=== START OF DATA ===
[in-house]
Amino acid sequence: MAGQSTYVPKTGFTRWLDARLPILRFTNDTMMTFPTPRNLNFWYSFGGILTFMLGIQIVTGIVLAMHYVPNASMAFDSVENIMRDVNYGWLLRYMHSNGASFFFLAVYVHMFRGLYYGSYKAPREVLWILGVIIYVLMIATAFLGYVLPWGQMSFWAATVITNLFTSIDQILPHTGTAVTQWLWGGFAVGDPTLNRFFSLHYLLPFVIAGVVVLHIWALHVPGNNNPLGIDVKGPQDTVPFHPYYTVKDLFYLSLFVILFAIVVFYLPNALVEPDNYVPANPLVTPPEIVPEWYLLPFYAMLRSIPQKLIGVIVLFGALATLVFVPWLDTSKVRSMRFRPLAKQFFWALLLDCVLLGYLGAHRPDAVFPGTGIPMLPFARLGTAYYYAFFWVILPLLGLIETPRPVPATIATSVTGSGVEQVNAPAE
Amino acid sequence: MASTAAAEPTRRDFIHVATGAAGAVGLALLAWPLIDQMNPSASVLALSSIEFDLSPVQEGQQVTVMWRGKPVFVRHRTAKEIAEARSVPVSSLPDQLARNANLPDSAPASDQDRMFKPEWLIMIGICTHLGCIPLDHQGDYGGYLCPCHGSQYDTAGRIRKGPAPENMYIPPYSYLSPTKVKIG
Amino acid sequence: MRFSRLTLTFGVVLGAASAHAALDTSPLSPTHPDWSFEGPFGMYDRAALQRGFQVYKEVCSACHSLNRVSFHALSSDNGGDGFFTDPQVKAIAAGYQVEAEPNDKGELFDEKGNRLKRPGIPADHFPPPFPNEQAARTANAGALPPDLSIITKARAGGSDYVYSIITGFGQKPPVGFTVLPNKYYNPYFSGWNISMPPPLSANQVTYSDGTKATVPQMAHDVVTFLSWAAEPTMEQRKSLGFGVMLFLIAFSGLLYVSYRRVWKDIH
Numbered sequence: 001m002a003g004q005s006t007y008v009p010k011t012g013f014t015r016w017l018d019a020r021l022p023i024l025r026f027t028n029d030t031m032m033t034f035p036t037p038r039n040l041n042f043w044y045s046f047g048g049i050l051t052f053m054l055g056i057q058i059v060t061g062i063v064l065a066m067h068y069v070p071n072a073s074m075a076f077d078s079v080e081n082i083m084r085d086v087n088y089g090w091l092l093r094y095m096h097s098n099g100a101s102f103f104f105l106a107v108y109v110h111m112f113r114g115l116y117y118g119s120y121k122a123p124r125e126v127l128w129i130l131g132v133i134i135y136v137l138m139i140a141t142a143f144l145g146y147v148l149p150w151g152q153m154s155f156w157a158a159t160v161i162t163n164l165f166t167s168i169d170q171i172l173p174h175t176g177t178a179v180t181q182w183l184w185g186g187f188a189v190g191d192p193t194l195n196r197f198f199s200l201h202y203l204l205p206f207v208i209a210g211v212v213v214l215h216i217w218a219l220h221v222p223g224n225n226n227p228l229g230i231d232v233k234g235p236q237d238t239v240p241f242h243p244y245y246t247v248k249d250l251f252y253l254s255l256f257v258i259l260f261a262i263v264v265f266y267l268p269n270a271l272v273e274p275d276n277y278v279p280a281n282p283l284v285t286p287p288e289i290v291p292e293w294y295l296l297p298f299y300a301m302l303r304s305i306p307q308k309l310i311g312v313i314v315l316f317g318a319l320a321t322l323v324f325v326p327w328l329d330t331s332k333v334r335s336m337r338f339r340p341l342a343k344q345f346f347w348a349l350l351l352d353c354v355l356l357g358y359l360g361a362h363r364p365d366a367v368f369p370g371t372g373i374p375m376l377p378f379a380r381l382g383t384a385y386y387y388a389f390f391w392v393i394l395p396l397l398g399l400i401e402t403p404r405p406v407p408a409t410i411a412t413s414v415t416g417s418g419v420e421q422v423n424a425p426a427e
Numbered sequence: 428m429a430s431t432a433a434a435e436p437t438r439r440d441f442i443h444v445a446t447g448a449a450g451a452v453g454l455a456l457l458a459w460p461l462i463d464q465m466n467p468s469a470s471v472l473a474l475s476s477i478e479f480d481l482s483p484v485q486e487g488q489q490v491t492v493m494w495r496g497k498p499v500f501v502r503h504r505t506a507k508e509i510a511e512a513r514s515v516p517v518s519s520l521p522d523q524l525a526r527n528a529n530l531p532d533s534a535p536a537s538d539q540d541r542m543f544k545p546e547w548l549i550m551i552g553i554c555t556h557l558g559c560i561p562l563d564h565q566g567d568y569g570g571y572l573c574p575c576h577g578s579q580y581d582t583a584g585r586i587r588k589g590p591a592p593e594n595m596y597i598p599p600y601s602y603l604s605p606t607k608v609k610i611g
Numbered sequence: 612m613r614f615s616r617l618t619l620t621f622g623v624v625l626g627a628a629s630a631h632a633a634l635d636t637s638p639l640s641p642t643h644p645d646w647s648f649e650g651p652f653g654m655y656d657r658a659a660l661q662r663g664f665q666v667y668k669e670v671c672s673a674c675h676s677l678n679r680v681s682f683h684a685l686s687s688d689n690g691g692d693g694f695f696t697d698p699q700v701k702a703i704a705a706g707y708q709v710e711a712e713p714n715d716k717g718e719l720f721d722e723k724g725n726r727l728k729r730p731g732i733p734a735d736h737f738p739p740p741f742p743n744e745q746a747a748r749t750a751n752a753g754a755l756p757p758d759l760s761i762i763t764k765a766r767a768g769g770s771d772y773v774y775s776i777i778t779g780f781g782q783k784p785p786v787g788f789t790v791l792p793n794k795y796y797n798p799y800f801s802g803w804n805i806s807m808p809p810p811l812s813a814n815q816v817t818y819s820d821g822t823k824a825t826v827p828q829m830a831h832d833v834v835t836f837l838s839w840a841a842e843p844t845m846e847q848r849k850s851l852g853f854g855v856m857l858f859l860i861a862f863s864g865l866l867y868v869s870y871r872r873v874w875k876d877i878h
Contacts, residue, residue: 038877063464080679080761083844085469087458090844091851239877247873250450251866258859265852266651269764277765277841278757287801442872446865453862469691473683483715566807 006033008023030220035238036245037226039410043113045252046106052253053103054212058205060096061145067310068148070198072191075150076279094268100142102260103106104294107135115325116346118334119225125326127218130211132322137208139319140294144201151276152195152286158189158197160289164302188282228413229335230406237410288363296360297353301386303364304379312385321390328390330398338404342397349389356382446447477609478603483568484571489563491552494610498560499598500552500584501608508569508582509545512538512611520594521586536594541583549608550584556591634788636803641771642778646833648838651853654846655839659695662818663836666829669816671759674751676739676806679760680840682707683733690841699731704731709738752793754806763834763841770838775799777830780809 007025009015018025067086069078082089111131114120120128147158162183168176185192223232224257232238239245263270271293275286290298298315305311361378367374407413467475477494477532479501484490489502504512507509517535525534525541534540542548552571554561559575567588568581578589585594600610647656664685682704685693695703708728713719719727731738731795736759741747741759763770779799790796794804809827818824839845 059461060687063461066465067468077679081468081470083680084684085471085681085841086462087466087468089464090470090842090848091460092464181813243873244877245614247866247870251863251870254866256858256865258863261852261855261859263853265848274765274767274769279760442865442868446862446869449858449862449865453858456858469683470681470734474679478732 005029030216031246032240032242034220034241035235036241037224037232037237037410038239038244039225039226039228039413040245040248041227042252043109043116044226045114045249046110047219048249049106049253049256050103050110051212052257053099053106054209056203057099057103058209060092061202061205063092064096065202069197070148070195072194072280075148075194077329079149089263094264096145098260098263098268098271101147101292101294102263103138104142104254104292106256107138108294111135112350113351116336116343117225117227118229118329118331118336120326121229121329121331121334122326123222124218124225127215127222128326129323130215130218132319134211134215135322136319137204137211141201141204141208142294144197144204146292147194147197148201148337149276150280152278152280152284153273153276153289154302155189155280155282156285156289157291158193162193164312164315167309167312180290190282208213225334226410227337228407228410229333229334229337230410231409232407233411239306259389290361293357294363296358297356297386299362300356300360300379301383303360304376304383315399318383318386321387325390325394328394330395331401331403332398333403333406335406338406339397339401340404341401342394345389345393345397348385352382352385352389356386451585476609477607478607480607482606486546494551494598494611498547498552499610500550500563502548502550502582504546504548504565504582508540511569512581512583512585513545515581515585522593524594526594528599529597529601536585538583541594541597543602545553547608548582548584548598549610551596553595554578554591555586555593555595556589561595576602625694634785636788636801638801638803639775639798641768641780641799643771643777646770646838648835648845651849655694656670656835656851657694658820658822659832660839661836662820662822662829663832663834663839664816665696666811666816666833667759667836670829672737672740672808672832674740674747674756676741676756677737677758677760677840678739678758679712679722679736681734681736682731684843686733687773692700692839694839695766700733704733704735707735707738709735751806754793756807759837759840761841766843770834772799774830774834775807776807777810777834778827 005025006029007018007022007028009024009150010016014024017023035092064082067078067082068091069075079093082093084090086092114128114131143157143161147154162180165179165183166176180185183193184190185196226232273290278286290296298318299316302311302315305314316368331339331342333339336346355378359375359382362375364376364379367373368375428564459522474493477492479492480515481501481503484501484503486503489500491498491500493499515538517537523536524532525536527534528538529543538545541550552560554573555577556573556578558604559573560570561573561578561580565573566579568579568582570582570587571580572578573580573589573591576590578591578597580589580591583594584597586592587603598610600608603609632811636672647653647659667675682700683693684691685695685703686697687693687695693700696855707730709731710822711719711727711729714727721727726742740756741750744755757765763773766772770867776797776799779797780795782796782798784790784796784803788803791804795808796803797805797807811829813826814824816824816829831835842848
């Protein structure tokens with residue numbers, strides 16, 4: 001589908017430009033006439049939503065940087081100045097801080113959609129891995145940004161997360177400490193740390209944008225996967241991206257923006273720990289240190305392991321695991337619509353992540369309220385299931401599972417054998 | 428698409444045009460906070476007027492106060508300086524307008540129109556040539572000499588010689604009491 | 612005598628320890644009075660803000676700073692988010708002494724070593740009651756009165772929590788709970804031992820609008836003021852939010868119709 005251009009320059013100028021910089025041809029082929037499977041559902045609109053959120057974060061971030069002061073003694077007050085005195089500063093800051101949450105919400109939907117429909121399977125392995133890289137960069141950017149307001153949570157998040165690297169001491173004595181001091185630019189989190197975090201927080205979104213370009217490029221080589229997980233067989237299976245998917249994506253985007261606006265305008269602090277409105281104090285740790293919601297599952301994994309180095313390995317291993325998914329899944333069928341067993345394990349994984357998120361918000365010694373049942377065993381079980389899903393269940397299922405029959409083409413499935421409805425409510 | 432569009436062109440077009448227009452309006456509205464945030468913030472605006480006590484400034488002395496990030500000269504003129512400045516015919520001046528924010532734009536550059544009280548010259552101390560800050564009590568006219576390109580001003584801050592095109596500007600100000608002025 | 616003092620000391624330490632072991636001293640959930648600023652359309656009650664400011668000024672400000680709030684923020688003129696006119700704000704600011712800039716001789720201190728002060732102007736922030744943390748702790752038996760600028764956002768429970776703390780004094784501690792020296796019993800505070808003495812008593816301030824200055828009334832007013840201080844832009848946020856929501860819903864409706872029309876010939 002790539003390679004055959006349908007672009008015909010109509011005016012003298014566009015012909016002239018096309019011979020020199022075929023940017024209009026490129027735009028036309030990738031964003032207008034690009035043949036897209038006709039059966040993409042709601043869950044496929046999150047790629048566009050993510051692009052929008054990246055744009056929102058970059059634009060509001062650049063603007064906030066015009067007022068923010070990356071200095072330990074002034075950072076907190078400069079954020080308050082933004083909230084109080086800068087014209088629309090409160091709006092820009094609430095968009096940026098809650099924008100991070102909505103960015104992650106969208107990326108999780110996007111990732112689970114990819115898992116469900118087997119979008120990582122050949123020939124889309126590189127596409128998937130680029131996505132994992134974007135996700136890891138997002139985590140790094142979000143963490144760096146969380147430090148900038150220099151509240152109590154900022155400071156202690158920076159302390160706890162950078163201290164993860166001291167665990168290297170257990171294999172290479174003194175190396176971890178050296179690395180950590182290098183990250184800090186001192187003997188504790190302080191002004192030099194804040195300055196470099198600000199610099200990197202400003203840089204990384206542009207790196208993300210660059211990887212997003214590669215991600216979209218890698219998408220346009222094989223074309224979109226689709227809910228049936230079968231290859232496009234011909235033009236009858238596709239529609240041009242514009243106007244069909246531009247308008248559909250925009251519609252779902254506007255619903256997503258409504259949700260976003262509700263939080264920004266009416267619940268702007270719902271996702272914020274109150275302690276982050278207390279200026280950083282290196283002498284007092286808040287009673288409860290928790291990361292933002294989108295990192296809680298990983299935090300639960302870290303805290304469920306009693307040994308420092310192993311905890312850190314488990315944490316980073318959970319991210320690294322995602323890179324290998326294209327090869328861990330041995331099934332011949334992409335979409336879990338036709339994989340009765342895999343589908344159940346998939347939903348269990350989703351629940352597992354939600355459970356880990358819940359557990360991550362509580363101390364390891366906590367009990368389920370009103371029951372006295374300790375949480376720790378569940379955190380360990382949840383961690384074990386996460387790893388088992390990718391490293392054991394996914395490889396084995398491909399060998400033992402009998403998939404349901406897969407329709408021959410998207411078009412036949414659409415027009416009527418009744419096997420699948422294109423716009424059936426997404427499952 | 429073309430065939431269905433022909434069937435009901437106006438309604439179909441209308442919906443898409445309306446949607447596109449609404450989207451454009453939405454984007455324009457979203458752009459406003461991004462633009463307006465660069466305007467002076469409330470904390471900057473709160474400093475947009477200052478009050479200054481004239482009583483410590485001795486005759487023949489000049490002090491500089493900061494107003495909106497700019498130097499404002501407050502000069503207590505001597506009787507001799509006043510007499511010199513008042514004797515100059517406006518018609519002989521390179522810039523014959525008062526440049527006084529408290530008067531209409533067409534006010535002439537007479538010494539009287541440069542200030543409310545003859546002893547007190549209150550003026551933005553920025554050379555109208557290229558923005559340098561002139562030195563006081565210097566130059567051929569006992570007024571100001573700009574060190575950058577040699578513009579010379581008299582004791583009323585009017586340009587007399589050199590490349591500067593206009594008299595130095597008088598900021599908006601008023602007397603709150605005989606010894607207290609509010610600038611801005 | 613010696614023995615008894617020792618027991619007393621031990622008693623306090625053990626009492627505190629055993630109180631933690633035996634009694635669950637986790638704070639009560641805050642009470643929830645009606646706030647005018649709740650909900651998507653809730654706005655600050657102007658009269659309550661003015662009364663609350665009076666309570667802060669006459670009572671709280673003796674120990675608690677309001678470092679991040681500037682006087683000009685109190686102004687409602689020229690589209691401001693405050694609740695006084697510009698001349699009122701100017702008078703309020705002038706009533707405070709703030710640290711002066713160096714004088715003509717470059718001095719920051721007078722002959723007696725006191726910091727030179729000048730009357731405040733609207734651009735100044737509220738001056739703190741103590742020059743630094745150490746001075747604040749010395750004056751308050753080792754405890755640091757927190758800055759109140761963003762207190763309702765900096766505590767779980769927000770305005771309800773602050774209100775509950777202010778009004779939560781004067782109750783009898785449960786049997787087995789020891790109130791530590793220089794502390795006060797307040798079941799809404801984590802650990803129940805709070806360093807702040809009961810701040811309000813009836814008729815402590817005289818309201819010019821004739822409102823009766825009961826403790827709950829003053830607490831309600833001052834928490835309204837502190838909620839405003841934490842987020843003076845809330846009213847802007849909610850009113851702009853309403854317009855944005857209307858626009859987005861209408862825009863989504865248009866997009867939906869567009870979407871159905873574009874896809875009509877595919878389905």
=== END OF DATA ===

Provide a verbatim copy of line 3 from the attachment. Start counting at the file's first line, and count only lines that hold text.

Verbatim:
Amino acid sequence: MASTAAAEPTRRDFIHVATGAAGAVGLALLAWPLIDQMNPSASVLALSSIEFDLSPVQEGQQVTVMWRGKPVFVRHRTAKEIAEARSVPVSSLPDQLARNANLPDSAPASDQDRMFKPEWLIMIGICTHLGCIPLDHQGDYGGYLCPCHGSQYDTAGRIRKGPAPENMYIPPYSYLSPTKVKIG